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This article was published 25/4/2016 (1296 days ago), so information in it may no longer be current.
BRANDON — Sixty-five years later, Michael Czuboka still recalls many details from a pivotal battle during the Korean War.
"I remember it vividly," the Winnipeg resident said. "There were 700 of us and maybe 10,000 or 20,000 Chinese."
The Battle of Kapyong took place in South Korea at the end of April 1951 and is considered one of Canada’s most significant military engagements.
Czuboka, a private with the 2nd Battalion Princess Patricia’s Canadian Light Infantry, was 19 years old during the weeklong battle.
"We were very lucky to get out of there because we were surrounded by the Chinese army for a couple days," he said. "We had our supplies dropped to us by parachute from the American air force."
One of Czuboka’s most prominent memories during the battle was an evening ambush that saw 500 Chinese soldiers descend upon his mortar platoon. The attacking troops didn’t realize the Canadian platoon was also armed with six 50-calibre machine-guns, and Czuboka said the Chinese offensive was "decimated."
"I think that was a major factor (in the battle) because after that they must have thought, ‘This was a well-armed enemy,’ and their attacks slowed down to some extent after that," he said.
Czuboka enlisted shortly after graduating from high school in Brandon. His older brother had served in the Second World War — Czuboka was only 14 when that war ended — and the young man was eager to embark on an adventure he felt he had missed previously.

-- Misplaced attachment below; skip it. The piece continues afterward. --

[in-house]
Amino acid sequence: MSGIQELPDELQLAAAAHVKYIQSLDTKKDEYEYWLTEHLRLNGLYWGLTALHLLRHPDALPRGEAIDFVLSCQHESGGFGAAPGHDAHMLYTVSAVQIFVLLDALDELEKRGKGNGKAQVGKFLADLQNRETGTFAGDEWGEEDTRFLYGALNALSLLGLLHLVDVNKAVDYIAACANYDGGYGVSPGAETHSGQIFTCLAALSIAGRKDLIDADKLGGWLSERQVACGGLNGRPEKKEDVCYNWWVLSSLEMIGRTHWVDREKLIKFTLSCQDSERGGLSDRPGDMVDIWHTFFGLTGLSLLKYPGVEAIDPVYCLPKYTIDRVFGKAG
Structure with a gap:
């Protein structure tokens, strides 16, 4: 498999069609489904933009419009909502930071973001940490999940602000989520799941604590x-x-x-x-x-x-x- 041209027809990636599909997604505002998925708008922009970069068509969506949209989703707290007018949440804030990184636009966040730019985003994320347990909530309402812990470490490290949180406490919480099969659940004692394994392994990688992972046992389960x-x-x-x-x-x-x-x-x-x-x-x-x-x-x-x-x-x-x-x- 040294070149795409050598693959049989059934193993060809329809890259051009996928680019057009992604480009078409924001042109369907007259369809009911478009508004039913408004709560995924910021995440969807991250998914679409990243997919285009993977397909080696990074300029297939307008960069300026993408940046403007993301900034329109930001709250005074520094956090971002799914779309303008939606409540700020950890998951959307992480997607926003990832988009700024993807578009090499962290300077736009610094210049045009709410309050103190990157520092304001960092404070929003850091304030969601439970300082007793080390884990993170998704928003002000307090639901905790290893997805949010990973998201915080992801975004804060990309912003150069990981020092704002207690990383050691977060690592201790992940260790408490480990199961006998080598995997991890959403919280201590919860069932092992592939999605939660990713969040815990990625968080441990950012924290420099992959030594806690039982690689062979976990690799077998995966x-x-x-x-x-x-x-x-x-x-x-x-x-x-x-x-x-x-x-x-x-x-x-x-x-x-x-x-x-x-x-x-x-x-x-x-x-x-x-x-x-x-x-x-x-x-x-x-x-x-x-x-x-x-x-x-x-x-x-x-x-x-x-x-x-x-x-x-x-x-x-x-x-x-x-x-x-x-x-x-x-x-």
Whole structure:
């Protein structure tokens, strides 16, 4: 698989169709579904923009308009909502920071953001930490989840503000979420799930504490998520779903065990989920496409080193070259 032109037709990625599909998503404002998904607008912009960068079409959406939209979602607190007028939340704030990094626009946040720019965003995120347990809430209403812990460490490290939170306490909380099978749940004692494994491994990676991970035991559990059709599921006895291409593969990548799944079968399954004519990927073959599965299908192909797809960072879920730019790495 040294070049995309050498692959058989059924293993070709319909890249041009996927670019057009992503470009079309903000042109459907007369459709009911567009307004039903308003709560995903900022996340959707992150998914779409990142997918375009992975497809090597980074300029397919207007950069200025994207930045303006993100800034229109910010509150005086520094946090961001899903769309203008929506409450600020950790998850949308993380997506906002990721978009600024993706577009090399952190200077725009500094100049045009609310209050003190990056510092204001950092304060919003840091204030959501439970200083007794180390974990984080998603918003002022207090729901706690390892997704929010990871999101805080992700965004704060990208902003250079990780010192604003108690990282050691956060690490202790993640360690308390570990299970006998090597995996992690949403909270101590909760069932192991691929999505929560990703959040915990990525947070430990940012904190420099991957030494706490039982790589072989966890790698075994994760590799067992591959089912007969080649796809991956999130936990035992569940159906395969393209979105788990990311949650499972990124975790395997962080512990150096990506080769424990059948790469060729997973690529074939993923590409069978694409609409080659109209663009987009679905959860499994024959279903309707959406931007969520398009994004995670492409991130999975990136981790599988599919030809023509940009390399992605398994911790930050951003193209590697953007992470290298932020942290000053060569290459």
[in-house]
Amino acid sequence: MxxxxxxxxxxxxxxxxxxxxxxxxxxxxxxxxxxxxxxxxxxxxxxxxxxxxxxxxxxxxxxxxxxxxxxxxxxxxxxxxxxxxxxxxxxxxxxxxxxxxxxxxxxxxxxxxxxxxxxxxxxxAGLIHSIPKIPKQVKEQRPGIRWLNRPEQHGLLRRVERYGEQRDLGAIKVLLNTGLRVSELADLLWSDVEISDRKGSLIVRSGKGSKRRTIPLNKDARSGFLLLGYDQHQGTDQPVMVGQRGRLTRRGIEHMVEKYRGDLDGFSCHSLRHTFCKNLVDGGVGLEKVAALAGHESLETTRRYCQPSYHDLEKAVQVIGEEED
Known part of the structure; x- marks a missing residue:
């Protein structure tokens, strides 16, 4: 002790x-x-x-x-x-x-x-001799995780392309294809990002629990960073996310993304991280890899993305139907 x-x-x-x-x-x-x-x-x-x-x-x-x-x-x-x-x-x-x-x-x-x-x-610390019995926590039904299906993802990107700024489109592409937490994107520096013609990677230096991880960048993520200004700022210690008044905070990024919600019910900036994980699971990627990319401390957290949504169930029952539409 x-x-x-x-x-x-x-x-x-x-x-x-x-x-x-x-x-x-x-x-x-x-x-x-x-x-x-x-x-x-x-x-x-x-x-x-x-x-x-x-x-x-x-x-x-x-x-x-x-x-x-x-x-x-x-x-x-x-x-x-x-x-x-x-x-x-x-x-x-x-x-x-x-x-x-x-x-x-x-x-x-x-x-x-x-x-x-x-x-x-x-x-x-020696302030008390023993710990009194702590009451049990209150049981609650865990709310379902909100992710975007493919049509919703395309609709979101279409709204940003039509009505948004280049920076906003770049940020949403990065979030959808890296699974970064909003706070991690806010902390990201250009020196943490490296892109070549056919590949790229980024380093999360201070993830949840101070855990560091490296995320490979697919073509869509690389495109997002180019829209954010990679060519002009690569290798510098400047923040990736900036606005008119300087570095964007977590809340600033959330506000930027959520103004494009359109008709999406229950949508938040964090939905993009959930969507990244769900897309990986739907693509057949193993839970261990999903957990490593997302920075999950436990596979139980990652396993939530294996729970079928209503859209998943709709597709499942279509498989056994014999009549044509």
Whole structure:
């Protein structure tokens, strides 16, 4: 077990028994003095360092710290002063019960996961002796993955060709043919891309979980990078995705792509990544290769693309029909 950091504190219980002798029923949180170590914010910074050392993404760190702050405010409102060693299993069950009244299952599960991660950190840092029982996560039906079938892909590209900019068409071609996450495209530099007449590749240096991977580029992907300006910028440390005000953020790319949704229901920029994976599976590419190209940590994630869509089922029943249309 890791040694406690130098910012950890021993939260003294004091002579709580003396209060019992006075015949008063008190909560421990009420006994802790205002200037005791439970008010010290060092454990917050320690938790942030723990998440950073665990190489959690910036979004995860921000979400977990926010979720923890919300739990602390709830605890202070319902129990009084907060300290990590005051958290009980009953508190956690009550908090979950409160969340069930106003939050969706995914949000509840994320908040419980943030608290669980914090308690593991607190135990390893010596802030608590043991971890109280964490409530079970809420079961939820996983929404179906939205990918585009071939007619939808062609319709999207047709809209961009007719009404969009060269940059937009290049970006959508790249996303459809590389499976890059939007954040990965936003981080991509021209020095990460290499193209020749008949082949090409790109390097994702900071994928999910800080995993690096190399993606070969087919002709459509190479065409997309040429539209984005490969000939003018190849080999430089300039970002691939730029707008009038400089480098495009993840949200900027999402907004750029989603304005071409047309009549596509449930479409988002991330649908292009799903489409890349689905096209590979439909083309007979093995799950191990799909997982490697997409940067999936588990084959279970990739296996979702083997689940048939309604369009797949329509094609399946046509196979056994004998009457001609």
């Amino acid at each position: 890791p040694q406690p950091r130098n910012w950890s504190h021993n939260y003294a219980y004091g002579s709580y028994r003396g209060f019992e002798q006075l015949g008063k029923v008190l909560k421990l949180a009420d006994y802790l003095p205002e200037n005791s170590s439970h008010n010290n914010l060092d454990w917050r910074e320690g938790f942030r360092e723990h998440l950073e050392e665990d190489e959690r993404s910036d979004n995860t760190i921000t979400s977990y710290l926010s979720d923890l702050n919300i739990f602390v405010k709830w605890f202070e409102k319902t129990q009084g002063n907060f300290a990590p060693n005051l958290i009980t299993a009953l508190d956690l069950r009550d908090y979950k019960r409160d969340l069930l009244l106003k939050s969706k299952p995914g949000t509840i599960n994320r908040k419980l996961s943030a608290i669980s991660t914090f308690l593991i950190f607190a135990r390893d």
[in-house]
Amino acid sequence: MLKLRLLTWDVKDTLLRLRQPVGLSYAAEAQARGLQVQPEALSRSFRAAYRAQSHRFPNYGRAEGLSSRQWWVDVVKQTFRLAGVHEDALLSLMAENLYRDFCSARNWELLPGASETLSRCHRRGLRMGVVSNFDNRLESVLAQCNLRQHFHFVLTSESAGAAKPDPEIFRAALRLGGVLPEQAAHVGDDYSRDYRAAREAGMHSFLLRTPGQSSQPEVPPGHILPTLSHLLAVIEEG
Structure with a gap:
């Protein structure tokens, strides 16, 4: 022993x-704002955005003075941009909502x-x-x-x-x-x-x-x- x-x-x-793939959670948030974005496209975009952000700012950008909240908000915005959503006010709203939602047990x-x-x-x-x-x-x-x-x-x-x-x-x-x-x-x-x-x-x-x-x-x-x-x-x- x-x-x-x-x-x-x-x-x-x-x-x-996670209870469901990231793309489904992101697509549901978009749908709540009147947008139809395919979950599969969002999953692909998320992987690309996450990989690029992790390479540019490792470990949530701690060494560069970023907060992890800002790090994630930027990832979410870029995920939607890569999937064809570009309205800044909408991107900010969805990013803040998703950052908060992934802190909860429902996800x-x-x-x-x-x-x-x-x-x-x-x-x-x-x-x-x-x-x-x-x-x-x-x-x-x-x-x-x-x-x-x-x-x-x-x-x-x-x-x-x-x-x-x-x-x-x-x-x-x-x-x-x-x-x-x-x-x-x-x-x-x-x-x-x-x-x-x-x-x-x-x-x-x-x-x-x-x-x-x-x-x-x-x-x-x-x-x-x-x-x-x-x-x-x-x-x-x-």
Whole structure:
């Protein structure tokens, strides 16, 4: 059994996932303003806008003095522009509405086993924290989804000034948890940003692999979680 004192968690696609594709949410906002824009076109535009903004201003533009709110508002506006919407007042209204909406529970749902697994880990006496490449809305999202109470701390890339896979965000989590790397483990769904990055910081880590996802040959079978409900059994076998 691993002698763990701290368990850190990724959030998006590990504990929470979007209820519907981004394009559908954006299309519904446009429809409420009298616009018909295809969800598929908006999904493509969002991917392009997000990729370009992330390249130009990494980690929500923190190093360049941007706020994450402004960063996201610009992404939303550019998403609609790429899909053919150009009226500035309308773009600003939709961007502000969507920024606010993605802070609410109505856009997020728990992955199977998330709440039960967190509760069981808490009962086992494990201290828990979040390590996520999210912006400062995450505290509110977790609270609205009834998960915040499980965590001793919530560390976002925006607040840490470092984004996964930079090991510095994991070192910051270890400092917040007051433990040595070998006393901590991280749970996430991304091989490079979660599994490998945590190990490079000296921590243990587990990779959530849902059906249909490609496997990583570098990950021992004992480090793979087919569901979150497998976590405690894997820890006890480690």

"We wanted to go to Korea to help the Korean people... but it was also something exciting that we were going to do," he said.
The excitement of being overseas came down to earth after his first experience on the front lines in South Korea.
"There was something like 100 black American soldiers, and they had all been bayonetted and shot, and they were naked," Czuboka said, adding he didn’t eat for several days after witnessing the battleground. "I did get over it eventually, but it was rather devastating to see on the first occasion."
Czuboka has been back to South Korea on three occasions and said the gratitude of the country’s residents is apparent.
The veteran said it’s important for Canadians to remember the "forgotten war" and honour important moments such as the 65th anniversary of the Battle of Kapyong.
"It’s been called the forgotten war because it didn’t happen in Canada. It didn’t really affect that many people except those who were there," Czuboka said. "It’s very significant because... we saved South Korea from becoming a totalitarian communist dictatorship like North Korea is now."
Czuboka has penned a novel based on his experiences during the Korean War entitled Manifest Destiny.
— Brandon Sun
Eva Wasney reports on arts, culture and life for the Winnipeg Free Press.